Nathanial Garrod

I’m Divin’ In

After a few days camping in 90+ degree weather, the brisk mid-60s that came with standing next to a lake at 6:30am were welcome. As I strapped the life-jacket on my camper, he looked into my eyes and asked “are you jumping in too?”

RFK_LogoThis past week, I took some vacation time and was a counselor for Royal Family Kids Camp (RFKC). RFKC is a ministry that reaches out to foster youth and gives them a week in a camp to play and have fun and learn that there is a God that loves them, that there are people on Earth who are willing to take time to care for them and provide for all their needs for a week.

So I look at my camper, hide a grimace, and look over at the pond. I nod. “Yup, if you want me to, I’m jumping in too. “ He pauses for a second then looks back up at me.

“Yeah, I want you to jump in with me.”

One of the traditions at RFKC is the Polar Bear Swim. The Polar Bear Swim is a chance for the kids (and counselors) to jump into the lake at, well, 6:30 in the morning. Why? Because fun, that is why. Do you really need more of a reason?

I look over at the rack of life jackets before stand and walk to it. I flip through a few of them, before finding one that fits me. I pull it on, then realize I want to take my shirt off.

The cold is a bit brisker without a shirt. I strap a life-jacket on, and I get in line with my camper. This is actually happening. I chat a bit with my camper and we cheer for those jumping in and I think maybe there is a way I can duck out of this. Like, I just have to get him to jump in and it is not too late for me to back out.

I do not really know how to swim and jumping into seven-foot deep water does not seem like it is within my best interests for survival. I am doing this, and I know I am doing this, but I want out. I am here, I am fully here, and it is so uncomfortable.

So we walk onto the dock and I nod at the guys in the water to help those who do not swim as well, and I tell them that neither of us know how to swim very well. These men look at me skeptically. Maybe they think I am joking, or just trying to make my camper feel better. I am actually terrified. Just standing on the dock, I am afraid.

“No, really, I had a terrifying accident when I was younger, and water scares me.”

They nod. “We’ve got you!”

So I look at my camper, and he looks up to me.

“You jump in first,” he says, then grins just slightly. He lost a tooth the day before, so it is a goofy, adorable smile.

Oh God, I think. This is actually happening. Well. Heck. All or nothing. Then my fear starts to dim.

I feel so calm. So peaceful. I step off the dock. The action has been taken, the fear is gone, and now comes the result. The water is sharp and sudden, the water surrounds me, the water holds me and I fight it. I feel myself float up, and I am flailing and I am holding another counselors shoulder, and I guess that was not too bad, but I am in water and there is nothing below me. I look behind me, and there is my camper. We move towards land, and I stand on my tip toes. It feels like maybe a cement bottom and there are the stairs, and I pull myself up. He climbs up right behind me.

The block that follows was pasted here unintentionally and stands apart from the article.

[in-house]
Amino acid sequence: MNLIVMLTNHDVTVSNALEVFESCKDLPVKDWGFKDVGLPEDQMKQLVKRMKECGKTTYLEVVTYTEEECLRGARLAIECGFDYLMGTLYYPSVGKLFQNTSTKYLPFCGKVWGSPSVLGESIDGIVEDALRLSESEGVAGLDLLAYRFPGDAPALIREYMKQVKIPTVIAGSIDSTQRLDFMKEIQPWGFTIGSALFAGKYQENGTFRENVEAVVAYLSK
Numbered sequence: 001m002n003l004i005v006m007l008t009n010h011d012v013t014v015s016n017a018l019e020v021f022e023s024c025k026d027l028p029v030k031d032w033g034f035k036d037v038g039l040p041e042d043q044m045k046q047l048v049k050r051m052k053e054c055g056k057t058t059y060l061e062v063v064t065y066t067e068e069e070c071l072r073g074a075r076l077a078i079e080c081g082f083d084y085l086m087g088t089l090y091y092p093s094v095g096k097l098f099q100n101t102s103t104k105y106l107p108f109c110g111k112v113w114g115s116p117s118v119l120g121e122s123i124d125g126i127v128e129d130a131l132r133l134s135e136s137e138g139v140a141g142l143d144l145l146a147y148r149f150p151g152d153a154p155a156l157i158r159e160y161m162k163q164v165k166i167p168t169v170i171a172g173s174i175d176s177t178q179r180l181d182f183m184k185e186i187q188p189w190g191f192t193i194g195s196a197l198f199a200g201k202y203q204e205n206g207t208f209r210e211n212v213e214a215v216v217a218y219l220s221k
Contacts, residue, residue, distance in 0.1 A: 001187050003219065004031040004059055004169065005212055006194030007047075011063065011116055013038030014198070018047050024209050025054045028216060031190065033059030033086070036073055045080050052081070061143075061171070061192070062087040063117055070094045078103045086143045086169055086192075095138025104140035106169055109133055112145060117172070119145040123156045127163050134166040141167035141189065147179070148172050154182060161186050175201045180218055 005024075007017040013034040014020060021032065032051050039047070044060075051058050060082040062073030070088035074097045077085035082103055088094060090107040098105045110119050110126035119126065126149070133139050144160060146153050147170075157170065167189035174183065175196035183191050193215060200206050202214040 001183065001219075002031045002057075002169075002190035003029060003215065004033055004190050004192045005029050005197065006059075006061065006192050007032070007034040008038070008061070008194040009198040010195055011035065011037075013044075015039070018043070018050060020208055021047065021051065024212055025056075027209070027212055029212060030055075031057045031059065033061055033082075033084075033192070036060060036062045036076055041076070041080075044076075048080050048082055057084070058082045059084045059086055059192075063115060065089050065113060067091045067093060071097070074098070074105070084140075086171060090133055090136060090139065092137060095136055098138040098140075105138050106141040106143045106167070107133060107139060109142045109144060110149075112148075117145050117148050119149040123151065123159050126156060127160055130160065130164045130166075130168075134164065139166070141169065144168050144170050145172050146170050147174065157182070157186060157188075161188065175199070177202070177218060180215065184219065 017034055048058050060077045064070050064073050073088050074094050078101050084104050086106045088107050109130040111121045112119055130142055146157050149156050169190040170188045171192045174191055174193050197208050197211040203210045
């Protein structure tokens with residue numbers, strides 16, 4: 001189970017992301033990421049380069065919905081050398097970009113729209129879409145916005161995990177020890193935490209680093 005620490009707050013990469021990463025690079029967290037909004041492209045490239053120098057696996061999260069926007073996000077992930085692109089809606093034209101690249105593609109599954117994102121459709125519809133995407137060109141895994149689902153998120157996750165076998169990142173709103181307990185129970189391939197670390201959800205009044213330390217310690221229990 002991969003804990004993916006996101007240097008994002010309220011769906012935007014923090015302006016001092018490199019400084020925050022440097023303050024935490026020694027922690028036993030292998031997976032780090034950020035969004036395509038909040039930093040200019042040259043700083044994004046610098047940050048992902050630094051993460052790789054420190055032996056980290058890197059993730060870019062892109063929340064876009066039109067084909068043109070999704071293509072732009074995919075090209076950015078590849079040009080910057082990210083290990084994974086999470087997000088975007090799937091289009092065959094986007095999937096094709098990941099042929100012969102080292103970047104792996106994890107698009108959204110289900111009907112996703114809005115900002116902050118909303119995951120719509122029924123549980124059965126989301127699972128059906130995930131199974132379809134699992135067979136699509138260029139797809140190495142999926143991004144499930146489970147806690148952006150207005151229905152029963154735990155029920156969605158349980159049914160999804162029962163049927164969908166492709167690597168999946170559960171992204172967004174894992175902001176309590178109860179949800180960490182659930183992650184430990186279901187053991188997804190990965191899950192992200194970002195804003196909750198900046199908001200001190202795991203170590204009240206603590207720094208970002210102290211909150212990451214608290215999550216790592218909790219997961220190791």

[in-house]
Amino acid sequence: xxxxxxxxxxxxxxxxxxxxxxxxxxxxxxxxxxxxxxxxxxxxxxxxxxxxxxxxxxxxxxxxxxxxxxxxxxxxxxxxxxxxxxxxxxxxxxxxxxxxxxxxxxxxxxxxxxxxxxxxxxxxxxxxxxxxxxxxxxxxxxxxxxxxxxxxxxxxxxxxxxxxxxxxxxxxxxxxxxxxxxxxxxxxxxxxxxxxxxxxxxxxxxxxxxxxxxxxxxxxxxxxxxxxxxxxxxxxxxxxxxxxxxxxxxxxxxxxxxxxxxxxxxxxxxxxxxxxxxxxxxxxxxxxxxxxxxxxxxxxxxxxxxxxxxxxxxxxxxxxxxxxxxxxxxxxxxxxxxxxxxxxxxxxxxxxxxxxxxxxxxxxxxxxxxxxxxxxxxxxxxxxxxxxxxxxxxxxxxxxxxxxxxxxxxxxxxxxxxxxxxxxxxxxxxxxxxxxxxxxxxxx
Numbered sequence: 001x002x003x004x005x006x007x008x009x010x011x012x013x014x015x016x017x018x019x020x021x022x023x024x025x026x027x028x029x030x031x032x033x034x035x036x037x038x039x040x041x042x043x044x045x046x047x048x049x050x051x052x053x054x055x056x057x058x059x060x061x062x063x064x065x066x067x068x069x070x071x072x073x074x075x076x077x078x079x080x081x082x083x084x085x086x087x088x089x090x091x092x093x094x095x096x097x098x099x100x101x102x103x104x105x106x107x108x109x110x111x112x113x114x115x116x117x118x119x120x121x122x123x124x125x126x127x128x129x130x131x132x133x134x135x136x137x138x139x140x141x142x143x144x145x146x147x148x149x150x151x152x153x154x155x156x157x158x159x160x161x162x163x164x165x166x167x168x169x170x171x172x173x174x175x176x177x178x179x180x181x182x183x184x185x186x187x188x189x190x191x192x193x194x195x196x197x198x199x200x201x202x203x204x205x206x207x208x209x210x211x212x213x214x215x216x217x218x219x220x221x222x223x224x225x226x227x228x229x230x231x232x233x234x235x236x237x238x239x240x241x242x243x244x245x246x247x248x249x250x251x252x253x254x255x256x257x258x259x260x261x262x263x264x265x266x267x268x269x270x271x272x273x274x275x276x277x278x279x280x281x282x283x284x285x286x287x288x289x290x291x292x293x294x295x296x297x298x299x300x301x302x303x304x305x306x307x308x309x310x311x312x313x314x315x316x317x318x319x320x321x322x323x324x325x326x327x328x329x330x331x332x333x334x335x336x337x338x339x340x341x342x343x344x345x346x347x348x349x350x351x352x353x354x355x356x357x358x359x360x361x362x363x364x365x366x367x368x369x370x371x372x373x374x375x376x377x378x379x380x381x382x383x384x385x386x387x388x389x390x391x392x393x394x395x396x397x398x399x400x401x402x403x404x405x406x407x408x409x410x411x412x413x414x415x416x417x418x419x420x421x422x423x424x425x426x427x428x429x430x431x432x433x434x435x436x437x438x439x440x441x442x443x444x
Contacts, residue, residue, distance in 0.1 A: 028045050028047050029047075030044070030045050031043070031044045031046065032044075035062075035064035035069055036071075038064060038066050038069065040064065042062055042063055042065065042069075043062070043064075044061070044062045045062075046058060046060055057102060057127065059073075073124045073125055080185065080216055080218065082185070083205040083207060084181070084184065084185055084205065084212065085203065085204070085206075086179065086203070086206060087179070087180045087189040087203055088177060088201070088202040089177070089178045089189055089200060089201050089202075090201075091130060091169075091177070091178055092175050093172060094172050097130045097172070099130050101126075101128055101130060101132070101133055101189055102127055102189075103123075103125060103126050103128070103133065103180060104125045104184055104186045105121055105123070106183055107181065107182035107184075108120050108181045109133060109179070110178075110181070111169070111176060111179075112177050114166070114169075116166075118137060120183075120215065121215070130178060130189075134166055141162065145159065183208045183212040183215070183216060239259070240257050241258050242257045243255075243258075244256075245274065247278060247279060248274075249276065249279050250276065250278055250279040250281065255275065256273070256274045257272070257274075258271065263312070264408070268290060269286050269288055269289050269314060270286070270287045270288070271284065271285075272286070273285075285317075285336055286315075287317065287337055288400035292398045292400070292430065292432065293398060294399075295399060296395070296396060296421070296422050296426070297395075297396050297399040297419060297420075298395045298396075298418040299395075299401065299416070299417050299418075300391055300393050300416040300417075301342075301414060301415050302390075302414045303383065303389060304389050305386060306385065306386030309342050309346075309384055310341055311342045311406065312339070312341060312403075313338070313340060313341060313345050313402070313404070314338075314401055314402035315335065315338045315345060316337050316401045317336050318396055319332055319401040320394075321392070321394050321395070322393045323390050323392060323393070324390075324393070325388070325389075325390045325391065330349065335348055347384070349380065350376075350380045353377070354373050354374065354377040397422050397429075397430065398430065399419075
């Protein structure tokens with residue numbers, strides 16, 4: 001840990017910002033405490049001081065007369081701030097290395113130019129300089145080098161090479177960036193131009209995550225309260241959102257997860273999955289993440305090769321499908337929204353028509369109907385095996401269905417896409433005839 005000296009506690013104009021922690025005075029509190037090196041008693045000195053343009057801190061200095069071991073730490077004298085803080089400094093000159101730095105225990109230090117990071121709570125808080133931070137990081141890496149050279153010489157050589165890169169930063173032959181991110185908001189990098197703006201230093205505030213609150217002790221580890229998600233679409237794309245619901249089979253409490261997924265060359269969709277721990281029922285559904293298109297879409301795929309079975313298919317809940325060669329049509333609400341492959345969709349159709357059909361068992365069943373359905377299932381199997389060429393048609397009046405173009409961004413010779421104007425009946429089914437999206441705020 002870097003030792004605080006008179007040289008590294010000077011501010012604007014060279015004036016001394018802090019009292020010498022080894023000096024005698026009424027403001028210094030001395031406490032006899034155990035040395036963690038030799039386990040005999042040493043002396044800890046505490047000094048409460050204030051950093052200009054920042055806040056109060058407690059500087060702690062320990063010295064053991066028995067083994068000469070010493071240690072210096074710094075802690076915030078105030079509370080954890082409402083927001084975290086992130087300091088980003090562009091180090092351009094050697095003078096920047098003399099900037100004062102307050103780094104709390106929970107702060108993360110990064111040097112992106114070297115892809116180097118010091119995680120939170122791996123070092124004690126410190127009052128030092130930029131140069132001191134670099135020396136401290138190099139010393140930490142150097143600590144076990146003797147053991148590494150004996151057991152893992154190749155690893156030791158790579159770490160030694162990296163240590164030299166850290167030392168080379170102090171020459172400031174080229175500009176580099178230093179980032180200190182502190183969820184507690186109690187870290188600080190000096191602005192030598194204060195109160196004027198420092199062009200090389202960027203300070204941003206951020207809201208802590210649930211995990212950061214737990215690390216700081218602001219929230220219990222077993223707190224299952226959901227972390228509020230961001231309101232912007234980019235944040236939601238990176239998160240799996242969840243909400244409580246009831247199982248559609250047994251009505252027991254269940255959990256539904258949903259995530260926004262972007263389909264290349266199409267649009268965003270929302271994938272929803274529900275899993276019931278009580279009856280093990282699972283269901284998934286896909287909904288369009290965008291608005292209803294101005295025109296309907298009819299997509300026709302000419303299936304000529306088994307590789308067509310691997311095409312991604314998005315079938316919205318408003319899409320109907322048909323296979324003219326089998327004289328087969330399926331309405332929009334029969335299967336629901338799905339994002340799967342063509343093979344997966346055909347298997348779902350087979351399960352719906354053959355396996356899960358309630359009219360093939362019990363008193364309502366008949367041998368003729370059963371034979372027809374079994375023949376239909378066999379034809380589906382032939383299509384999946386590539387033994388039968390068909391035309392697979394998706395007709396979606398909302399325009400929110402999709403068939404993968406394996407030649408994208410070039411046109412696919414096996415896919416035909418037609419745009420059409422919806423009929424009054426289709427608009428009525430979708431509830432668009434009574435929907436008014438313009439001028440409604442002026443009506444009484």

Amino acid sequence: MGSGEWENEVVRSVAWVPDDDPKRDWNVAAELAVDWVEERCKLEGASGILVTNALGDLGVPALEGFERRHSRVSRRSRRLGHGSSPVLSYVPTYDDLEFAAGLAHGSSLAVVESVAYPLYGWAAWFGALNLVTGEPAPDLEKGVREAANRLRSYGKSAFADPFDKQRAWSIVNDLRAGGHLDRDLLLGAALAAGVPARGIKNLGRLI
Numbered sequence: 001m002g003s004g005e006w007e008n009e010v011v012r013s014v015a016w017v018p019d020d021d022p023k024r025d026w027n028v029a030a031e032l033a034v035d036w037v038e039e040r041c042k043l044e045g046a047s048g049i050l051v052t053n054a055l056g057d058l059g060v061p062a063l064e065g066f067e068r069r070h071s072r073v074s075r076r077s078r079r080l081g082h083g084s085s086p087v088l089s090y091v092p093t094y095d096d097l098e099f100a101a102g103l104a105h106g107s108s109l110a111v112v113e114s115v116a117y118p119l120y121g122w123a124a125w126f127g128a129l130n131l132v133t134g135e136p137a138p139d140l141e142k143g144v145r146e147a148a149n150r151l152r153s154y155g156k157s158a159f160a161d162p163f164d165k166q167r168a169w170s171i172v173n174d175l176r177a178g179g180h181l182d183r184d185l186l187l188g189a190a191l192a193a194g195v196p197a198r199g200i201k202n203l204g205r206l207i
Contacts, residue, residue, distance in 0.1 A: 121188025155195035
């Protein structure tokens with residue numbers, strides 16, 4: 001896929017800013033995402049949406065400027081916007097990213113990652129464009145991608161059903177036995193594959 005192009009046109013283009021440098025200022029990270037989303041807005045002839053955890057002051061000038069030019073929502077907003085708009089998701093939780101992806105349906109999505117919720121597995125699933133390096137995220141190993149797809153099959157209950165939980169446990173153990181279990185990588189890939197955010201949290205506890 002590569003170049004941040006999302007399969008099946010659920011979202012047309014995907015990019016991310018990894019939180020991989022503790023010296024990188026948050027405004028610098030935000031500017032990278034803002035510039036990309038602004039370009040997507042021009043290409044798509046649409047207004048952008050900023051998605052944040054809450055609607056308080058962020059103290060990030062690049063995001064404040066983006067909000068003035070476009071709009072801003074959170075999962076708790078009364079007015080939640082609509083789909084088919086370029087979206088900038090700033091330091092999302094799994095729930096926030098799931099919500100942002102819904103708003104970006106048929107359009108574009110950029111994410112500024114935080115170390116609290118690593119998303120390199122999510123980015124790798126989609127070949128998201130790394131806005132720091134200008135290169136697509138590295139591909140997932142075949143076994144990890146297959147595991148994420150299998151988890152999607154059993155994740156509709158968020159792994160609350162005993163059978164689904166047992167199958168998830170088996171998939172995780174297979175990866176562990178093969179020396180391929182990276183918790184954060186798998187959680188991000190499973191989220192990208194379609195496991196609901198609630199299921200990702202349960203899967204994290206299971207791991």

“Can we do that again?” my camper asks, and I actually am okay with this being a choice we make, but after some inquiry, I learn that every camper and counselor can only jump in once.

This thing that I did that felt like a giant step, a huge fear to overcome, was just a simple thing I had to do in order to make the day of a young camper.

The kids that come to RFKC do not always hear that they are valuable, they do not always hear that they are important to God, that they have meaning in the world. Some of the kids that come to RFKC only hear how important they are during this single week. They may only get to celebrate a birthday during Everyone’s Birthday Party, they may only get to hear that they are important to God during the Royal Crowning, they may only get to hear that there is a God that cares about them enough to create them and love them continually during Breakfast Club or Chapel.

After getting home from camp, I had this extensive text conversation with my pastor. It hurts so much that there is so much hurt in the world.

After getting home from camp, I had this extensive text conversation with my pastor. It hurts so much that there is so much hurt in the world.

The camper may have this one person during this one week every year for a small foundational part of their life who shows them the goodness of God, who continually loves them, who cares about them no matter what they say or do, who will stand by them even if they hit or throw or smash pizza into a counselors arm.

I feel called to give back, because there is no way I can repay the people who were there for me in my most challenging times, but I can give to those who need that support. My time is the most effective way for me to do this.

If you feel like you want to financially support the Portland Royal Family Kids Camp, if you want to give foster youth a chance to experience the love of Christ, you can donate at this link – just specify Royal Family Kids Camp in the drop-down menu.

4 Comments on “I’m Divin’ In

  1. jennifernice
    July 11, 2015

    Wow, that was powerful, and powerfully written. What a gift you gave that camper, and what a gift you gave yourself. God is good indeed.

  2. Connie Rae
    July 11, 2015

    Well done, Son

  3. Glenn Garvin
    July 28, 2015

    Nathaniel, been there dove in a thousand times!

    RFK brings up a lot of fears doesn’t it. And a lot of insecurities – right? Thanks for your bravery and willingness to be wounded.

  4. Pingback: » Packing Woes Nathanial Garrod

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This entry was posted on July 11, 2015 by in Adventures!, Faith and tagged , .

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